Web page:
Skype Conversation - Wednesday, March 4, 2020
Aristotle defined character as the intentions and actions that benefit the individual and society at large. Character is not one thing—it’s many. In this talk, Character Lab Founder and CEO Angela Duckworth explains the importance of three different kinds of character strengths: Interpersonal strengths like gratitude enable harmonious
relationships with other people. Intrapersonal strengths like grit and self-control enable achievement. Intellectual strengths like curiosity enable a fertile and free life of the mind. To develop any of these character strengths requires motivation, skill, and opportunity. Using grit as a case study, Duckworth shows how young people can learn both.
General Session 1 - Wednesday, March 4, 2020
Mike Smith grew up in a small, rural, farm town in western Nebraska: human population 2,000; cattle population 100,000 and counting. He was a kid who was into skateboarding, music, art, sports — pretty much anything that wasn’t school. But unfortunately, his small town was more than three hours away from the closest skatepark, concert venue, or arts space. Growing up where kids lacked these kinds of alternative outlets, Mike was always drawn to the idea of creating a place that impacted kids’ lives. Fast forward to today and he’s the co-founder of non-profit, Rabble Mill, that’s working to end generational poverty one young person at a time by empowering kids to discover their passion and build life and professional skills through those very things Mike grew up loving: skateboarding, music and art.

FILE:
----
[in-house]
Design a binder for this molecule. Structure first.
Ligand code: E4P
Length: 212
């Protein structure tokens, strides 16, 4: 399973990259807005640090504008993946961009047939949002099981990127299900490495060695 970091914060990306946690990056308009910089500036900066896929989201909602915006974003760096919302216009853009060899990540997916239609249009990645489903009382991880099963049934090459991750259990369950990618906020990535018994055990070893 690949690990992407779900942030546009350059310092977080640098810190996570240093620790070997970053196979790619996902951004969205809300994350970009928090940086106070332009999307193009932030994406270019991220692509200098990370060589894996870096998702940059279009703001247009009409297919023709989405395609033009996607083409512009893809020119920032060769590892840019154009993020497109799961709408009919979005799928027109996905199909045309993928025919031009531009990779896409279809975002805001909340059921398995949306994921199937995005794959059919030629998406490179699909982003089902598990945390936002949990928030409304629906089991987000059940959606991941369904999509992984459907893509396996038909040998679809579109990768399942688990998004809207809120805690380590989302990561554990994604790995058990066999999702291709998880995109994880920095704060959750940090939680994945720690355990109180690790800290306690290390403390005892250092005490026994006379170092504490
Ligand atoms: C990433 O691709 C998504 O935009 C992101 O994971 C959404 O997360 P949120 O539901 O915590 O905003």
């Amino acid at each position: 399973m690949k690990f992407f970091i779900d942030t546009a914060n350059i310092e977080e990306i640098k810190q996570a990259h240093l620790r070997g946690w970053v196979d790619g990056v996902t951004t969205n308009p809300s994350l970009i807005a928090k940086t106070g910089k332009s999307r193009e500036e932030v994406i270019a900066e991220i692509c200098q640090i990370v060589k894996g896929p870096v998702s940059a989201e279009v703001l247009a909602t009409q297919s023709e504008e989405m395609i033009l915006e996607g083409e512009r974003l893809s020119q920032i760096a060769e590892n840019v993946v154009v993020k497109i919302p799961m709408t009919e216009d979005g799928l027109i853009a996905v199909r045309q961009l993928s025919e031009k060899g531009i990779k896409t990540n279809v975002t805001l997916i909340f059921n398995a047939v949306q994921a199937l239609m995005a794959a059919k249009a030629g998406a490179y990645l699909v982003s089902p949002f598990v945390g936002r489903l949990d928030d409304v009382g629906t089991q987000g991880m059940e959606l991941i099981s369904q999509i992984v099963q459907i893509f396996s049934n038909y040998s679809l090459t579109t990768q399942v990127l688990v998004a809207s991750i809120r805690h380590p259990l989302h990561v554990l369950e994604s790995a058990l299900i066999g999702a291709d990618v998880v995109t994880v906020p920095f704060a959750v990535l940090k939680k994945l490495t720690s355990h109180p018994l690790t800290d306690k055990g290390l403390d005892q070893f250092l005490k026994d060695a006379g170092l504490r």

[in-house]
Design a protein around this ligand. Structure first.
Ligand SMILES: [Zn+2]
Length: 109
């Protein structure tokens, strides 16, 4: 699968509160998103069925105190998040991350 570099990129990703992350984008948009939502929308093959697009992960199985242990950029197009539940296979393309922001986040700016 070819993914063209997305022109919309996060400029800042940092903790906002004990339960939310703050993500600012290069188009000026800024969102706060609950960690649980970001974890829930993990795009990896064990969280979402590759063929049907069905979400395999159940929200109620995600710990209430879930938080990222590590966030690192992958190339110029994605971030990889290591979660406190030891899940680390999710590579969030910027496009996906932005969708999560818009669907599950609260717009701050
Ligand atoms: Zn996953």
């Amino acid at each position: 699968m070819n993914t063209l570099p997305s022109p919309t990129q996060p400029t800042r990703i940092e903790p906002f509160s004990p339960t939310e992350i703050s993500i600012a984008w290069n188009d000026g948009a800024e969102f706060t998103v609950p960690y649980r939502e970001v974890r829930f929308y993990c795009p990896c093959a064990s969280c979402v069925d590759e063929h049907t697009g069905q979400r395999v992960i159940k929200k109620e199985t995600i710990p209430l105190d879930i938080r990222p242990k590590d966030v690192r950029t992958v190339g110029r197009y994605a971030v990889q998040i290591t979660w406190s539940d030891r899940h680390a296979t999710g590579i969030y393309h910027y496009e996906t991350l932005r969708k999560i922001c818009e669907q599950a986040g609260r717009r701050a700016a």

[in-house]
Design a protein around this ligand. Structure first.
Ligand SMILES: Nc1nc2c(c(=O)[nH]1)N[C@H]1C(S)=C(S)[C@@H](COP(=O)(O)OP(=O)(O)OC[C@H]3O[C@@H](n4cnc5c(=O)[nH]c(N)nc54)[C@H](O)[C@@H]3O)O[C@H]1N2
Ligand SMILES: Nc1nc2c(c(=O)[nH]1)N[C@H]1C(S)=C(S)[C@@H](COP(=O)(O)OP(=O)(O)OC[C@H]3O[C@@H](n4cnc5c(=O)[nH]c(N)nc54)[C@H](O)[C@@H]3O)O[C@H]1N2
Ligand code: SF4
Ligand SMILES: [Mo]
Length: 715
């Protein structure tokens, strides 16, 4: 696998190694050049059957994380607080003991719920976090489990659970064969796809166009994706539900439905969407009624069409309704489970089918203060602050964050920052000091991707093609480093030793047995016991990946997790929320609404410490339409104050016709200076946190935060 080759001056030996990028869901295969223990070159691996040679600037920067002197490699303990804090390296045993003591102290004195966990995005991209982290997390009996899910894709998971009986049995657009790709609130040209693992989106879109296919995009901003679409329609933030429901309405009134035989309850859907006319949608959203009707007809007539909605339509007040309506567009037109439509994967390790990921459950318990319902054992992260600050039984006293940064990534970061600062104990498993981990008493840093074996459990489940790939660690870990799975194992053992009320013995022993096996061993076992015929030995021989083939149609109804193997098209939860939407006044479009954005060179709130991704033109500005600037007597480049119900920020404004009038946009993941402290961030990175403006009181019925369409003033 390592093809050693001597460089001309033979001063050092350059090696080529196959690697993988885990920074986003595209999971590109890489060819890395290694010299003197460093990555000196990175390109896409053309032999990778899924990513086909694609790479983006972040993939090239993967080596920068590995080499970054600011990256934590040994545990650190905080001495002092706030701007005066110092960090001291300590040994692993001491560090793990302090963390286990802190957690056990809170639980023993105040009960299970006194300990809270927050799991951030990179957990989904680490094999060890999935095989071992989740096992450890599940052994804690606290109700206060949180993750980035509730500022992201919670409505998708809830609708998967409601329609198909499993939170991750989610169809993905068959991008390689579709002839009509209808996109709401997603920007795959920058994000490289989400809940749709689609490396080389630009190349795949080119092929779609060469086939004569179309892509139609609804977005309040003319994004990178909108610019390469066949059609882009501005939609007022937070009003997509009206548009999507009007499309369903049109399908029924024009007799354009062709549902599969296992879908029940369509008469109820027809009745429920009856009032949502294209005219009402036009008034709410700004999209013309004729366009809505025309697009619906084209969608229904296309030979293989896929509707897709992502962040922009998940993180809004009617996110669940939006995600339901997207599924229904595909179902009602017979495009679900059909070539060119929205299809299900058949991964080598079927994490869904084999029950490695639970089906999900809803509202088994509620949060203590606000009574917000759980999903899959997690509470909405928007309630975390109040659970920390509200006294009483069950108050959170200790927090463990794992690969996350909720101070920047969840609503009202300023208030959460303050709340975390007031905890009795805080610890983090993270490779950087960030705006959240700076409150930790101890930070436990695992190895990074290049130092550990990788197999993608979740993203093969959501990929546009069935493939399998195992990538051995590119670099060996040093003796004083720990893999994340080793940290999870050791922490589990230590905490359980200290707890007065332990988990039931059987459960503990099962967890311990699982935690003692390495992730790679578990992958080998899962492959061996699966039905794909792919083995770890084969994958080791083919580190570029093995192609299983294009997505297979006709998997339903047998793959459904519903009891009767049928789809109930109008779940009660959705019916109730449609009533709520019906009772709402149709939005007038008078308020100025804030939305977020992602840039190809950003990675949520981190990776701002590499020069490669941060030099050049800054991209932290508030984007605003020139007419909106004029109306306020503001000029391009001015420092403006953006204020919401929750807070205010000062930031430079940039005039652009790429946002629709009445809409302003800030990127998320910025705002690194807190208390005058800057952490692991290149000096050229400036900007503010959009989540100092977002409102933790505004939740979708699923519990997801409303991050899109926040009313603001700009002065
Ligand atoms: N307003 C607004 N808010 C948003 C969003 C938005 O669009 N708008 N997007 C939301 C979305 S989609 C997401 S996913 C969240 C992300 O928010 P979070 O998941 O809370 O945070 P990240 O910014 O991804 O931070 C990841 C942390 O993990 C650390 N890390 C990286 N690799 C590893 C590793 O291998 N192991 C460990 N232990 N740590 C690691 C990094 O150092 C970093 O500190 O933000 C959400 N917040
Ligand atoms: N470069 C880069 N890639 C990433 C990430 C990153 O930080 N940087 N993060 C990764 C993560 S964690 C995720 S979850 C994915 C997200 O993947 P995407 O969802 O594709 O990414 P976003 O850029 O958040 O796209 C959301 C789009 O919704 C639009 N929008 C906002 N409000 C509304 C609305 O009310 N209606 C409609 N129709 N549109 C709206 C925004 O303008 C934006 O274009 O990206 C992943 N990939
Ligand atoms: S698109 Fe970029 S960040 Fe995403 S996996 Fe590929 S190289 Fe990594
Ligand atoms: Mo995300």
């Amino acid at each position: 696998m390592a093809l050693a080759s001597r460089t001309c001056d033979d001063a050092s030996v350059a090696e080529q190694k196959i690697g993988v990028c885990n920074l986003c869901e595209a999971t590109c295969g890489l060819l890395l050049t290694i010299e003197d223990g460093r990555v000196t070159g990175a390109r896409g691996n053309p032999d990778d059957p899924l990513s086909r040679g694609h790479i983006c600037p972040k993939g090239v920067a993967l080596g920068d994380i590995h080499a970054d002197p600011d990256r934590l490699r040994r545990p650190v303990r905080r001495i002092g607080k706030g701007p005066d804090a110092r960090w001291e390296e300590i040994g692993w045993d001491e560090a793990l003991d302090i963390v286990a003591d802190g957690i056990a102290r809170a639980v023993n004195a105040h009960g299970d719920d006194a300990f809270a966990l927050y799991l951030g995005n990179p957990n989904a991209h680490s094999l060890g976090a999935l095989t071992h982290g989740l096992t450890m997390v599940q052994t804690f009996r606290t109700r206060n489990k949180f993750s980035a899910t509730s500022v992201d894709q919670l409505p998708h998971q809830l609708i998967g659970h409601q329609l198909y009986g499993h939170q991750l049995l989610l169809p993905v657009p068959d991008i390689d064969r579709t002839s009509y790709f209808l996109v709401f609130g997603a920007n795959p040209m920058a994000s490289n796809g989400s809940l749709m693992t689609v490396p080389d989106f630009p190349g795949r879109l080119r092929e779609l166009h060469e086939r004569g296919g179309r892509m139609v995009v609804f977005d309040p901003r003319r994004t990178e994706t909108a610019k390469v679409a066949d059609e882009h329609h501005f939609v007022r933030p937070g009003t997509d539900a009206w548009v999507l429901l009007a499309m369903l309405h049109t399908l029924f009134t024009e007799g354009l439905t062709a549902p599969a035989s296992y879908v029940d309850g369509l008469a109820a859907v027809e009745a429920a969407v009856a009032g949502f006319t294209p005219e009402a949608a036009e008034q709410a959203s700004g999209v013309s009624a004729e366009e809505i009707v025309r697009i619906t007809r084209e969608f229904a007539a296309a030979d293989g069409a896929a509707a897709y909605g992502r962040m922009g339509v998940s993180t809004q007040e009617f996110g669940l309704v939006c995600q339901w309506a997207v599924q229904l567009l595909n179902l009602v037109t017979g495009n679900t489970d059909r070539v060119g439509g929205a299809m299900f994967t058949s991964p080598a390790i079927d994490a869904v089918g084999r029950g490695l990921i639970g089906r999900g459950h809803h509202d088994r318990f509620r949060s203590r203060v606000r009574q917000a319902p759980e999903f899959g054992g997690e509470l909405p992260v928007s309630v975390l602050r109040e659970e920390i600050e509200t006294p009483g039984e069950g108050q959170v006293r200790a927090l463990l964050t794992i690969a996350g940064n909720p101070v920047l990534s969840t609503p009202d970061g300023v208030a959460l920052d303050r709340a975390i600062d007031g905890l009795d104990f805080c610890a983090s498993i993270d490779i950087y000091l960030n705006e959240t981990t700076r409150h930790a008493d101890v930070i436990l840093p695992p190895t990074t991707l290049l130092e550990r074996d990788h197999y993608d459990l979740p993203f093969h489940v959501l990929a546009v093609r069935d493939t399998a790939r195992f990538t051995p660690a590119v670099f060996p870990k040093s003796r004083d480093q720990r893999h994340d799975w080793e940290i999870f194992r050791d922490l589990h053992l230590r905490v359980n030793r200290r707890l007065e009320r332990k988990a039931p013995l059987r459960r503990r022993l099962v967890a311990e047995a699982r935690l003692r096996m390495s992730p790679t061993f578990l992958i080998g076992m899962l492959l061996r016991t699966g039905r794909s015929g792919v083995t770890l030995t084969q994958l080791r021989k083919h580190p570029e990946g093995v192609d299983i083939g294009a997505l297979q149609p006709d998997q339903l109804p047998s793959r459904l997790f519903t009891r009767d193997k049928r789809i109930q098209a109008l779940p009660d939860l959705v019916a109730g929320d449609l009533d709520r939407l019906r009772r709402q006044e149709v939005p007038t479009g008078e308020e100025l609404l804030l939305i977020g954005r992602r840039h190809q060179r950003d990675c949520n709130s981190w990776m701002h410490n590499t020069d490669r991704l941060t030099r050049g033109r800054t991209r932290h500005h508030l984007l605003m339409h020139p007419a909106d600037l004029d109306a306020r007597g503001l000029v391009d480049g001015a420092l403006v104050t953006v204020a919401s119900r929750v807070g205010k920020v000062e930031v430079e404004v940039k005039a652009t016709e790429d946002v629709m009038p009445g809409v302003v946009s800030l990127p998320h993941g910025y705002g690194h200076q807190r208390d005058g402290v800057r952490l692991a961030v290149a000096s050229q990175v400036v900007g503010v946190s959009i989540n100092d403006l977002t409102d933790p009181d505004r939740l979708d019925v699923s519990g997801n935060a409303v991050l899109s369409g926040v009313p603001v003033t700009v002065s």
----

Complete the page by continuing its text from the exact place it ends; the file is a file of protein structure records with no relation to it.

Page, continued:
One of Mike’s biggest passions is to get kids to stop talking and wishing and start learning how to actually do what they love. To do this, Mike and his crew cross the country in tour buses and #TinyHomes; sleep in parking lots and RV parks; and never really know when or where their next real meal and shower is going to come from…But Mike loves the grind nonetheless!
General Session 2 - Thursday, March 5, 2020
The “Amazing” Tei Street will share what is possible when we remove the masks of pretense to create authentically inclusive climates and cultures in schools. Tei has more than 25 years of experience in higher education, curriculum development; training in sexual assault prevention, domestic violence prevention, diversity; inclusion, as well as advocacy, education and youth leadership development. The “Amazing” Tei Street is a national motivational speaker, trainer and education consultant. Her love and passion for positively affecting the lives of all young people and the adults who influence their lives, comes through each time she steps on a stage…or gymnasium floor. Tei’s masterful use of humor, coupled with her gift for storytelling makes her a crowd favorite. Tei challenges her audiences to take the knowledge they gain to move from motion to action; walking in what makes them “amazing!” Tei is prepared to “Set The Stage” for everyone to create inclusive school climates for ALL students.
General Session 3 - Friday, March 6, 2020
Erin Gruwell started college expecting to become a lawyer; however, following the Rodney King verdict and the subsequent LA Riots, Gruwell
realized that her place was not in a courtroom, but a classroom. After finishing school, Gruwell began teaching at Woodrow Wilson High School
in Long Beach, CA. Her students were considered some of the worst students in Los Angeles, and the educational system had all but forgotten about them. Despite school administrators and other staff doubting that these students would ever achieve anything, Gruwell pressed on, believing that any child can succeed.
After intercepting a racist caricature depicting one of her students, Gruwell told her students that it was drawings like that which led to the Holocaust. When one of her students asked her what was ‘the Holocaust?’ She was met by uncomprehending looks -- none of her students had heard of one of the defining moments of the 20th century. So she rebooted her entire curriculum, using treasured books like Anne Frank’s diary as her guide to combat intolerance and misunderstanding. Her students began recording their thoughts and feelings in their own diaries,
eventually dubbing themselves the “Freedom Writers.” Their stories became The Freedom Writers Diary which quickly climbed to the top of the New York Times Bestsellers list.